Couch potatoes beware: every hour of television watched per day may increase the risk of dying earlier from cardiovascular disease, according to research reported in Circulation: Journal of the American Heart Association.
Australian researchers tracked the lifestyle habits of 8,800 adults and found that each hour spent in front of the television daily was associated with:
- an 11 percent increased risk of death from all causes
- a 9 percent increased risk of cancer death
- an 18 percent increased risk of cardiovascular disease (CVD)-related death
Compared with people who watched less than two hours of television daily, those who watched more than four hours a day had a 46 percent higher risk of death from all causes and an 80 percent increased risk for CVD-related death. This association held regardless of other independent and common cardiovascular disease risk factors, including smoking, high blood pressure, high blood cholesterol, unhealthy diet, excessive waist circumference, and leisure-time exercises.
While the study focused specifically on television watching, the findings suggest that any prolonged sedentary behavior, such as sitting at a desk or in front of a computer, may pose a risk to one’s health. The human body was designed to move, not sit for extended periods of time, said David Dunstan, Ph.D., the study’s lead author and professor and Head of the Physical Activity Laboratory in the Division of Metabolism and Obesity at the Baker IDI Heart and Diabetes Institute in Victoria, Australia.
“What has happened is that a lot of the normal activities of daily living that involved standing up and moving the muscles in the body have been converted to sitting,” Dunstan said. “Technological, social, and economic changes mean that people don’t move their muscles as much as they used to – consequently the levels of energy expenditure as people go about their lives continue to shrink. For many people, on a daily basis they simply shift from one chair to another — from the chair in the car to the chair in the office to the chair in front of the television.”
Dunstan said the findings apply not only to individuals who are overweight and obese, but also those who have a healthy weight. “Even if someone has a healthy body weight, sitting for long periods of time still has an unhealthy influence on their blood sugar and blood fats,” he said.
Although the study was conducted in Australia, Dunstan said the findings are certainly applicable to Americans. Average daily television watching is approximately three hours in Australia and the United Kingdom, and up to eight hours in the United States, where two-thirds of all adults are either overweight or obese.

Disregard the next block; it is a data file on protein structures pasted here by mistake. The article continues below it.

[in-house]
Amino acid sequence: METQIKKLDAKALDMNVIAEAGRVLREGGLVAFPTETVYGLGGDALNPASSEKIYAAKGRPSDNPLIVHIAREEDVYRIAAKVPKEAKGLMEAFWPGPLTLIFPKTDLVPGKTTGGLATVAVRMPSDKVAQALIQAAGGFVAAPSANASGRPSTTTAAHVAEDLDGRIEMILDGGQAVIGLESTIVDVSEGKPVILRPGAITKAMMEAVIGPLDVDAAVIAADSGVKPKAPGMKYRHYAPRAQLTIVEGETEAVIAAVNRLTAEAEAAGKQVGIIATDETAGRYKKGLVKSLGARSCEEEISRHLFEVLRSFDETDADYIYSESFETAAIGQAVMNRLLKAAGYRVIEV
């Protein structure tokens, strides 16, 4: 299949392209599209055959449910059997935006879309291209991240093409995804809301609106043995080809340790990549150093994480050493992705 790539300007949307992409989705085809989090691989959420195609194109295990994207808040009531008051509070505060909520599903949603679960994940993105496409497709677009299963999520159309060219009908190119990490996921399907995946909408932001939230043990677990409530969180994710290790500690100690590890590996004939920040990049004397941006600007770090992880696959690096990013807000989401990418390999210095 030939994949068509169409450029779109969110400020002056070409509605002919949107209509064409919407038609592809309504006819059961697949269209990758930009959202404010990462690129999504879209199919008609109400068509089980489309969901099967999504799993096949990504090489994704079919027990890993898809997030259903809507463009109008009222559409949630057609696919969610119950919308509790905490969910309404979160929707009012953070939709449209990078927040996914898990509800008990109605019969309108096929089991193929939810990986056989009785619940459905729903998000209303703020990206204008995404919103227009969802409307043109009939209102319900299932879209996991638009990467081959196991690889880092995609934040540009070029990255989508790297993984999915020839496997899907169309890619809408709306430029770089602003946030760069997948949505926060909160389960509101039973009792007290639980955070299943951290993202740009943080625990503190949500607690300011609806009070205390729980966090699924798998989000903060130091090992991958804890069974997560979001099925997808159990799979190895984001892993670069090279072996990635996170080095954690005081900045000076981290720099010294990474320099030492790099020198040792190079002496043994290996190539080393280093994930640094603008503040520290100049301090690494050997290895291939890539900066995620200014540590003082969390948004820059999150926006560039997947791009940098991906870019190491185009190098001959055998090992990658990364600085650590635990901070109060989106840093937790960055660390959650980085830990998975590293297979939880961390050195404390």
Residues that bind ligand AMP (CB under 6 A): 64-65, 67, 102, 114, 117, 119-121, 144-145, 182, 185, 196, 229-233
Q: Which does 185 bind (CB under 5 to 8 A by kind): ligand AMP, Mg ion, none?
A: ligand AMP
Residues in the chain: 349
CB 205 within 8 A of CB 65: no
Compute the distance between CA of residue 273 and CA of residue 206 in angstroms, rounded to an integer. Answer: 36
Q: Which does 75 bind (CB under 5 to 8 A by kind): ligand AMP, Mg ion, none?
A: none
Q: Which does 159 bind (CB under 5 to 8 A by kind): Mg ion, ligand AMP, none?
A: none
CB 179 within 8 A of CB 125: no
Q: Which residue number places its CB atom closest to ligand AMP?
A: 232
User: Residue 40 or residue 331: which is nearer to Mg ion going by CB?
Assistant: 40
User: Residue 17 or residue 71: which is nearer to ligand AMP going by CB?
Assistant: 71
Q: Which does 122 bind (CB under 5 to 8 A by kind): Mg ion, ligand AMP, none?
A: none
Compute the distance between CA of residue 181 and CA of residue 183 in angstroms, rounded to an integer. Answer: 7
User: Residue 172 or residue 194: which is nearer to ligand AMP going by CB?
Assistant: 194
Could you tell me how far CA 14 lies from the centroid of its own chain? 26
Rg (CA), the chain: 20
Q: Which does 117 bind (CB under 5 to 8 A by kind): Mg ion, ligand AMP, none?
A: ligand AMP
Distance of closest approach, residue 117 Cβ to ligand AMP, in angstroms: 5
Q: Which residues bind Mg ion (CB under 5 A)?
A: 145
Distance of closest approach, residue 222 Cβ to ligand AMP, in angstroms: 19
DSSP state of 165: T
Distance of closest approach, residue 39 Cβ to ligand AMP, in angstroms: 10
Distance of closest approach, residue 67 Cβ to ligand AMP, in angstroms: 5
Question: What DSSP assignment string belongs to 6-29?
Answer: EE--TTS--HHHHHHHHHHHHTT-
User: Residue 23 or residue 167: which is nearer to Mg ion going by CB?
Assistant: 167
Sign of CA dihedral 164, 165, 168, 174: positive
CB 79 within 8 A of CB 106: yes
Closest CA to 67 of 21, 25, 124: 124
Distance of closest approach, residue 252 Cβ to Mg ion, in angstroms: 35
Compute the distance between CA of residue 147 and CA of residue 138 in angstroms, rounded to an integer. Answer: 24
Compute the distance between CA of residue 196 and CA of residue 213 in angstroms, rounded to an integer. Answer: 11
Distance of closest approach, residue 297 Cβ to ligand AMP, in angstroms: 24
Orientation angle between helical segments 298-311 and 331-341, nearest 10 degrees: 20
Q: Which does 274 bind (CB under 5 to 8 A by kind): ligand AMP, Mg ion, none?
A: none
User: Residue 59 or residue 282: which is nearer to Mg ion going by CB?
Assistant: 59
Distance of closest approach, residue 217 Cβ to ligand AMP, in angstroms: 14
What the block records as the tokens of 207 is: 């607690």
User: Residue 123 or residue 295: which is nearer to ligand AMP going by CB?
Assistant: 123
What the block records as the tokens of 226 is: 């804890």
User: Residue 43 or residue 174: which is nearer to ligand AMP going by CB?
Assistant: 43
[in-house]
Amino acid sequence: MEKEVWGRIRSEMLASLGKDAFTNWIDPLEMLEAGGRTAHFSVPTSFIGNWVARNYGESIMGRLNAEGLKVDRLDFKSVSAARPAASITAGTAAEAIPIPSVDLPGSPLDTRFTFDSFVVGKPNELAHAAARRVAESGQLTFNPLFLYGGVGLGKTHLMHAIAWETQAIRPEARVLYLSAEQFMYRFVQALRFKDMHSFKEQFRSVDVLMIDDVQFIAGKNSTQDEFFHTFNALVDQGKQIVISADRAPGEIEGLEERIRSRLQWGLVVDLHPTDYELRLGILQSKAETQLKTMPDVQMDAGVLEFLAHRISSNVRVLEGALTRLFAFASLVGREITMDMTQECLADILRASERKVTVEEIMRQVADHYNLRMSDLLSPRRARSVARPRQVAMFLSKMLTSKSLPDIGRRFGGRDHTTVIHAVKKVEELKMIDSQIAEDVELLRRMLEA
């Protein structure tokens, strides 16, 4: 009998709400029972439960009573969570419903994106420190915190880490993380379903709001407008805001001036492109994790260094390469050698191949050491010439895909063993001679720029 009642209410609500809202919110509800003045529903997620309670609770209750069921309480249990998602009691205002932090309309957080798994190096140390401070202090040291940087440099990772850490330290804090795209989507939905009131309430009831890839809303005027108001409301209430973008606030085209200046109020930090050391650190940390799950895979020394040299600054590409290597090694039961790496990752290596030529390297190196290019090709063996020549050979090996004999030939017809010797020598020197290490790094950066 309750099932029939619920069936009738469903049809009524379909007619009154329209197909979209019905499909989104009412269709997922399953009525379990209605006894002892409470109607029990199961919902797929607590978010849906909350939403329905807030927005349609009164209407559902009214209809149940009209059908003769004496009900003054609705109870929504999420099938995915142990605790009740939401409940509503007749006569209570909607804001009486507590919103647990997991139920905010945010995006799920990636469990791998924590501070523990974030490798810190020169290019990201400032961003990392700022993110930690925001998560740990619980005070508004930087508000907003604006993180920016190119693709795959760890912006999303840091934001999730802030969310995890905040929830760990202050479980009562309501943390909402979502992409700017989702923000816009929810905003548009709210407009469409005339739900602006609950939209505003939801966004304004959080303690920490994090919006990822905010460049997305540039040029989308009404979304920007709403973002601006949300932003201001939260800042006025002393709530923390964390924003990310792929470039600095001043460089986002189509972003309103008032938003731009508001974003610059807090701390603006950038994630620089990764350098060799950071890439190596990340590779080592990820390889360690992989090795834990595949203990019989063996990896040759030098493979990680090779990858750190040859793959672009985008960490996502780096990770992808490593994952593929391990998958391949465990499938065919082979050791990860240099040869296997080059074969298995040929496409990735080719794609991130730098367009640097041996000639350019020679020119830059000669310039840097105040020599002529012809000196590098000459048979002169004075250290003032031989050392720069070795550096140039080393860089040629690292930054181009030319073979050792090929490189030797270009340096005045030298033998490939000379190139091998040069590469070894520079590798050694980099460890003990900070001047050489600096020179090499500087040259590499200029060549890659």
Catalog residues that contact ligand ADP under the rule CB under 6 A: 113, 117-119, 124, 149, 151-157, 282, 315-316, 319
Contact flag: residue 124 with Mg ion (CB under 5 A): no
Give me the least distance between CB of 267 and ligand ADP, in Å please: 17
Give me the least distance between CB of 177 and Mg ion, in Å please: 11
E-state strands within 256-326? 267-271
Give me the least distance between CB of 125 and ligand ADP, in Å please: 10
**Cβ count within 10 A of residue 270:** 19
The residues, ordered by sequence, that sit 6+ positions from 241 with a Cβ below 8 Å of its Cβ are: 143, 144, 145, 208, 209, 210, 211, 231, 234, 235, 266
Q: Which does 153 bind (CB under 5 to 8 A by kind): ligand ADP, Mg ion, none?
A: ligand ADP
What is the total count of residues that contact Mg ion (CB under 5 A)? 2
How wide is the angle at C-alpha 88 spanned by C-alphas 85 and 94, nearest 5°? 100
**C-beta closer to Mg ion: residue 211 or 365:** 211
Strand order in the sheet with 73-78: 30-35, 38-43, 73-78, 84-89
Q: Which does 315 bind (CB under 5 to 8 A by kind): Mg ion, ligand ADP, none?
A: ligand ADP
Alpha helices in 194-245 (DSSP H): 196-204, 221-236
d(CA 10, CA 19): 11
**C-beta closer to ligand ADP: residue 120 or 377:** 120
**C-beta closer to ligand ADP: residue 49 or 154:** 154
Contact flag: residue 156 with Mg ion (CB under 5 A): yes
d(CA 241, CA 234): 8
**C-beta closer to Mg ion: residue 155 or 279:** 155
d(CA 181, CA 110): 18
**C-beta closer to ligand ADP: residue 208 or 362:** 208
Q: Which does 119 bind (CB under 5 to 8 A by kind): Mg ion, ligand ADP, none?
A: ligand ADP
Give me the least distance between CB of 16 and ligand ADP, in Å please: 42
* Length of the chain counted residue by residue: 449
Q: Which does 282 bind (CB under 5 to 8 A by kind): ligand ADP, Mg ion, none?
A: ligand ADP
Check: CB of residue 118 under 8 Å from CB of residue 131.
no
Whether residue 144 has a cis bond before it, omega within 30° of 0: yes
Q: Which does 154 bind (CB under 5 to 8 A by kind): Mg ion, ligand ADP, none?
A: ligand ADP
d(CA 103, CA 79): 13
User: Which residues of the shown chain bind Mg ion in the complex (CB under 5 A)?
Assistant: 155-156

The benefits of exercise have been long established, but researchers wanted to know what happens when people sit too much. Television-watching is the most common sedentary activity carried out in the home.
Researchers interviewed 3,846 men and 4,954 women age 25 and older who underwent oral glucose-tolerance tests and provided blood samples so researchers could measure biomarkers such as cholesterol and blood sugar levels. Participants were enrolled from 1999–2000 and followed through 2006. They reported their television-viewing habits for the previous seven days and were grouped into one of three categories: those who watched less than two hours per day; those who watched between two and four hours daily; and those who watched more than four hours.
People with a history of CVD were excluded from the study. During the more than six-year follow-up, there were 284 deaths — 87 due to CVD and 125 due to cancer.
The association between cancer and television viewing was only modest, researchers reported. However, there was a direct association between the amount of television watched and elevated CVD death as well as death from all causes even after accounting for typical CVD risk factors and other lifestyle factors. The implications are simple, Dunstan said. “In addition to doing regular exercise, avoid sitting for prolonged periods and keep in mind to ‘move more, more often’. Too much sitting is bad for health.”
Co-authors are: E. L. M. Barr, Ph.D.; G. N. Healy, Ph.D.; J. Salmon, Ph.D.; J. E. Shaw, M.D.; B. Balkau, Ph.D.; D. J. Magliano, Ph.D.; A. J. Cameron, Ph.D.; P. Z. Zimmet, Ph.D. and N. Owen, Ph.D. Author disclosures and funding sources are on the manuscript.
Karen Astle @ American Heart Association